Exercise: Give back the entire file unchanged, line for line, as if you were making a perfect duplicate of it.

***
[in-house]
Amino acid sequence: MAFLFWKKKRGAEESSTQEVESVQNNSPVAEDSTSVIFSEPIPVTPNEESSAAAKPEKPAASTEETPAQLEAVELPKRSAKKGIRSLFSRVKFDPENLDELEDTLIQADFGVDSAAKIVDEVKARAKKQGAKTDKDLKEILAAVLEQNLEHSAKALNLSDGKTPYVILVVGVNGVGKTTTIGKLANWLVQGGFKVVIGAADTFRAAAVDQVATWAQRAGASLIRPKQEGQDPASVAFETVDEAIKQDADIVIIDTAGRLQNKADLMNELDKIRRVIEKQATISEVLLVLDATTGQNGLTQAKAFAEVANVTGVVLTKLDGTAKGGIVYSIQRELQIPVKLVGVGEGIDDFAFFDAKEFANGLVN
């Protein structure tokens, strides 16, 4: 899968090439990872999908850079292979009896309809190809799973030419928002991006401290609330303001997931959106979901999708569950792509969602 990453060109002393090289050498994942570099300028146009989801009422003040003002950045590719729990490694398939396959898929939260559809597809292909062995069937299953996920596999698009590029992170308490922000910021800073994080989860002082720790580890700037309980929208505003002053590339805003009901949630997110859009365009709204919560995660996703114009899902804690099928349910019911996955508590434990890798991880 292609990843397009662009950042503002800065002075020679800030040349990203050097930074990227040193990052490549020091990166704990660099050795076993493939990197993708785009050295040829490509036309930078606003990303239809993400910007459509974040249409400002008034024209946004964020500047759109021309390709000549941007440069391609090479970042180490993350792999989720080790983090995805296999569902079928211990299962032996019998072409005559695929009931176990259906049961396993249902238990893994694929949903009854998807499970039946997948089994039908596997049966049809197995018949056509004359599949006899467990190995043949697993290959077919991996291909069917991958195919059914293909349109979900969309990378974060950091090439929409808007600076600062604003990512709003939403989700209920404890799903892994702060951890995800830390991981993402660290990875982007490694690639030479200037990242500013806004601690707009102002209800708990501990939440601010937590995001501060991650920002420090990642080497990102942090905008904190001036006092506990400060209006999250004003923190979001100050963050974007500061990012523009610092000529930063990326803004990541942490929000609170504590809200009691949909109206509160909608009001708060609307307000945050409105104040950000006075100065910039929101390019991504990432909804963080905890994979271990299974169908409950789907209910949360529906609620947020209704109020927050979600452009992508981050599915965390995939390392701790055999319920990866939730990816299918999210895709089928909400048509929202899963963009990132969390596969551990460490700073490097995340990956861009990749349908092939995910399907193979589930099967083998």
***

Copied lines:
[in-house]
Amino acid sequence: MAFLFWKKKRGAEESSTQEVESVQNNSPVAEDSTSVIFSEPIPVTPNEESSAAAKPEKPAASTEETPAQLEAVELPKRSAKKGIRSLFSRVKFDPENLDELEDTLIQADFGVDSAAKIVDEVKARAKKQGAKTDKDLKEILAAVLEQNLEHSAKALNLSDGKTPYVILVVGVNGVGKTTTIGKLANWLVQGGFKVVIGAADTFRAAAVDQVATWAQRAGASLIRPKQEGQDPASVAFETVDEAIKQDADIVIIDTAGRLQNKADLMNELDKIRRVIEKQATISEVLLVLDATTGQNGLTQAKAFAEVANVTGVVLTKLDGTAKGGIVYSIQRELQIPVKLVGVGEGIDDFAFFDAKEFANGLVN
């Protein structure tokens, strides 16, 4: 899968090439990872999908850079292979009896309809190809799973030419928002991006401290609330303001997931959106979901999708569950792509969602 990453060109002393090289050498994942570099300028146009989801009422003040003002950045590719729990490694398939396959898929939260559809597809292909062995069937299953996920596999698009590029992170308490922000910021800073994080989860002082720790580890700037309980929208505003002053590339805003009901949630997110859009365009709204919560995660996703114009899902804690099928349910019911996955508590434990890798991880 292609990843397009662009950042503002800065002075020679800030040349990203050097930074990227040193990052490549020091990166704990660099050795076993493939990197993708785009050295040829490509036309930078606003990303239809993400910007459509974040249409400002008034024209946004964020500047759109021309390709000549941007440069391609090479970042180490993350792999989720080790983090995805296999569902079928211990299962032996019998072409005559695929009931176990259906049961396993249902238990893994694929949903009854998807499970039946997948089994039908596997049966049809197995018949056509004359599949006899467990190995043949697993290959077919991996291909069917991958195919059914293909349109979900969309990378974060950091090439929409808007600076600062604003990512709003939403989700209920404890799903892994702060951890995800830390991981993402660290990875982007490694690639030479200037990242500013806004601690707009102002209800708990501990939440601010937590995001501060991650920002420090990642080497990102942090905008904190001036006092506990400060209006999250004003923190979001100050963050974007500061990012523009610092000529930063990326803004990541942490929000609170504590809200009691949909109206509160909608009001708060609307307000945050409105104040950000006075100065910039929101390019991504990432909804963080905890994979271990299974169908409950789907209910949360529906609620947020209704109020927050979600452009992508981050599915965390995939390392701790055999319920990866939730990816299918999210895709089928909400048509929202899963963009990132969390596969551990460490700073490097995340990956861009990749349908092939995910399907193979589930099967083998």